Jimmy Hotz

Silver Step Child Jimmy Hotz - Beyond the Crystal Sea (Born Twice) 1979

1. Observations of a Larger Reality (8:32)
.....a. March of the Dead Souls
.....b. Hand of the Most High
2. Night Passage (2:13)
3. The Vision Ship (5:36)
4. Teton (3:18)
5. Beyond the Blues (4:54)
6. Alpine Magin [instrumental] (1:43)
7. From Love Life Did Begin (6:51)
8. Long, Long Ago (5:47)
9. The Gates of Time (3:45)

"Beyond the Crystal Sea" is one of those gems from the 70's that was all but forgotten, until 2010 when Born Twice Records resurrected it for a whole new generation. While the original album was released in '79, this album sounds like it could have been written and recorded in the early 1970's. The style is melodic, progressive rock that would fall somewhere between the more ethereal material from bands like Nektar and King Crimson and the spacey, psychedelic music of Hawkwind or early Pink Floyd. This is the type of music that was created during a time when music was considered art, rather than just a product of which to gain radio hits and sell product.

The music on "Beyond the Crystal Sea" is stacked full of majestic melodies that are built from a combination of keys, synthesizers and guitars. Some of Jimmy Hotz guitar work is surprisingly accomplished, again reminding me of some of those great progressive guitarists from the 70's like Steve Howe and Roye Albrighton. Hotz's melodramatic vocals fit well with the overall spacey vibe of the music. At times his voice reminds me of early Peter Gabriel from his days with Genesis.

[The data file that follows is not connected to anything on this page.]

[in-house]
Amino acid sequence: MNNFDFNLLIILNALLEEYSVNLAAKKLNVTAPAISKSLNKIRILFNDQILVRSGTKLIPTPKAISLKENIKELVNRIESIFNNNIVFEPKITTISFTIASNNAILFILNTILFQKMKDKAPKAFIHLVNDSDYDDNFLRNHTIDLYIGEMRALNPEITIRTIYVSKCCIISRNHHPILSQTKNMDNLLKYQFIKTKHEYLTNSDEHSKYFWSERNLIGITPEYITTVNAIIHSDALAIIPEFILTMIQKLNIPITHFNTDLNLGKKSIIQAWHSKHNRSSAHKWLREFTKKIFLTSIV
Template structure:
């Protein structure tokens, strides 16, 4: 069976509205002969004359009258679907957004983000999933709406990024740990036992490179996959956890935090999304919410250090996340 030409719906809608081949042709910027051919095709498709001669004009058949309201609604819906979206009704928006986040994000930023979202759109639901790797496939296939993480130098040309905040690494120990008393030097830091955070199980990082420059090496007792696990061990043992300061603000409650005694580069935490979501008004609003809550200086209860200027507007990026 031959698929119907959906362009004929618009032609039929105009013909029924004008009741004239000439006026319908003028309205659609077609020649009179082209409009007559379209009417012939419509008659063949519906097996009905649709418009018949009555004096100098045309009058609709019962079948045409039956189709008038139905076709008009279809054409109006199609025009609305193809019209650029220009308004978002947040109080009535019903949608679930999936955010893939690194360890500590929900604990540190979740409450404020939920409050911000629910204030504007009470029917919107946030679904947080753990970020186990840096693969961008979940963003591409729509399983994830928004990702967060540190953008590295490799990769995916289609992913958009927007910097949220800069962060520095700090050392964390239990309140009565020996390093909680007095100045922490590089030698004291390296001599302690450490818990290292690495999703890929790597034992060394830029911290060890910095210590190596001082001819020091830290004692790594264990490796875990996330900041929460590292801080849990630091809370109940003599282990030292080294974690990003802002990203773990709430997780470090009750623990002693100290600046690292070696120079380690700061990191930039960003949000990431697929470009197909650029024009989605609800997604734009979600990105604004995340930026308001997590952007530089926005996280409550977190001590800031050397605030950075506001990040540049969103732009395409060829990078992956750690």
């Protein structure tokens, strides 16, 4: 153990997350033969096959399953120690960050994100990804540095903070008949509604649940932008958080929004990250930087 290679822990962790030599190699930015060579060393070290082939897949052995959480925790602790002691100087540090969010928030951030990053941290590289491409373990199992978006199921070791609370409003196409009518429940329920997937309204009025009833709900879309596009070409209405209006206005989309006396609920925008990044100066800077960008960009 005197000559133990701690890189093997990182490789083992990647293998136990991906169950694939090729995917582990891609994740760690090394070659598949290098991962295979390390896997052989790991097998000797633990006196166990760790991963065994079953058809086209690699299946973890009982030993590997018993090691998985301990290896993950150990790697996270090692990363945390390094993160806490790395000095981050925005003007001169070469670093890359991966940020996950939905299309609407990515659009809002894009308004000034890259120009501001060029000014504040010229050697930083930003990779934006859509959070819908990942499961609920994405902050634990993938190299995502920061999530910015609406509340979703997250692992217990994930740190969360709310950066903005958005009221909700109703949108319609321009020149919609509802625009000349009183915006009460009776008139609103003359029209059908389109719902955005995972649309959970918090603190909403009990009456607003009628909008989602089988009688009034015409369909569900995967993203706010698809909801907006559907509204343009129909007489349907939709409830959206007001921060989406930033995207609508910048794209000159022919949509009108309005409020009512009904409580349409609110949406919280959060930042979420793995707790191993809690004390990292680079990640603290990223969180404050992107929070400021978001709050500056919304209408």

To be quite frank, I was unfamiliar with Jimmy Hotz until the release of this CD and when I saw the somewhat cheesy 70's cover art for this album, I wasn't sure what to expect. However, I was pleasantly surprised by how much I enjoyed this progressive work. Fans of classic 70's Yes, Genesis, Nektar, Be Bop Deluxe, etc. would do themselves well to check this out. Pop this one into your CD player late at night, throw on the headphones, kick band and mellow out to the ethereal sounds that emanate.

The 2010 reissue is completely remastered. Being that I am completely unfamiliar with the original release, I could not say if the mastering has improved or hampered the recording. However, this sounds quite good, with all instruments heard and the volumes up to modern standards, without being overly loud and compressed. The reissue also includes two bonus tracks, both of which are as good as the album tracks themselves.

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